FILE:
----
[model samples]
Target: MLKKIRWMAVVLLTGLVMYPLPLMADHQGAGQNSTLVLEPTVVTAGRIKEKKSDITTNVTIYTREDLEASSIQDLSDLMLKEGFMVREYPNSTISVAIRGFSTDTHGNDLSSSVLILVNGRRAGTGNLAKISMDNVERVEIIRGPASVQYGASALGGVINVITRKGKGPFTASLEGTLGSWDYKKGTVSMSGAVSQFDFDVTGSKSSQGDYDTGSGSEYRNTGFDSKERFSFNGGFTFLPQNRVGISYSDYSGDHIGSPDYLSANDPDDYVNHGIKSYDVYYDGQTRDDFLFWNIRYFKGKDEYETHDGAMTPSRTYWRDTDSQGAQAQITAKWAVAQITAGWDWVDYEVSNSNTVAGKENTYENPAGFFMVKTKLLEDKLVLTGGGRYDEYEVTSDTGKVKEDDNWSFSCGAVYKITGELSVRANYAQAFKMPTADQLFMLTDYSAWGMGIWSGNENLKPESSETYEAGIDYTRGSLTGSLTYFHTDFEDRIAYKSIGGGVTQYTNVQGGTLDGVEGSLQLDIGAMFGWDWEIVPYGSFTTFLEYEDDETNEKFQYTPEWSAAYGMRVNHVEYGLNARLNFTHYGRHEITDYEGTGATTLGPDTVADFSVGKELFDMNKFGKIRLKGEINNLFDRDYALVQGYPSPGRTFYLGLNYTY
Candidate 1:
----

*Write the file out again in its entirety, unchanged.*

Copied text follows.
[model samples]
Target: MLKKIRWMAVVLLTGLVMYPLPLMADHQGAGQNSTLVLEPTVVTAGRIKEKKSDITTNVTIYTREDLEASSIQDLSDLMLKEGFMVREYPNSTISVAIRGFSTDTHGNDLSSSVLILVNGRRAGTGNLAKISMDNVERVEIIRGPASVQYGASALGGVINVITRKGKGPFTASLEGTLGSWDYKKGTVSMSGAVSQFDFDVTGSKSSQGDYDTGSGSEYRNTGFDSKERFSFNGGFTFLPQNRVGISYSDYSGDHIGSPDYLSANDPDDYVNHGIKSYDVYYDGQTRDDFLFWNIRYFKGKDEYETHDGAMTPSRTYWRDTDSQGAQAQITAKWAVAQITAGWDWVDYEVSNSNTVAGKENTYENPAGFFMVKTKLLEDKLVLTGGGRYDEYEVTSDTGKVKEDDNWSFSCGAVYKITGELSVRANYAQAFKMPTADQLFMLTDYSAWGMGIWSGNENLKPESSETYEAGIDYTRGSLTGSLTYFHTDFEDRIAYKSIGGGVTQYTNVQGGTLDGVEGSLQLDIGAMFGWDWEIVPYGSFTTFLEYEDDETNEKFQYTPEWSAAYGMRVNHVEYGLNARLNFTHYGRHEITDYEGTGATTLGPDTVADFSVGKELFDMNKFGKIRLKGEINNLFDRDYALVQGYPSPGRTFYLGLNYTY
Candidate 1: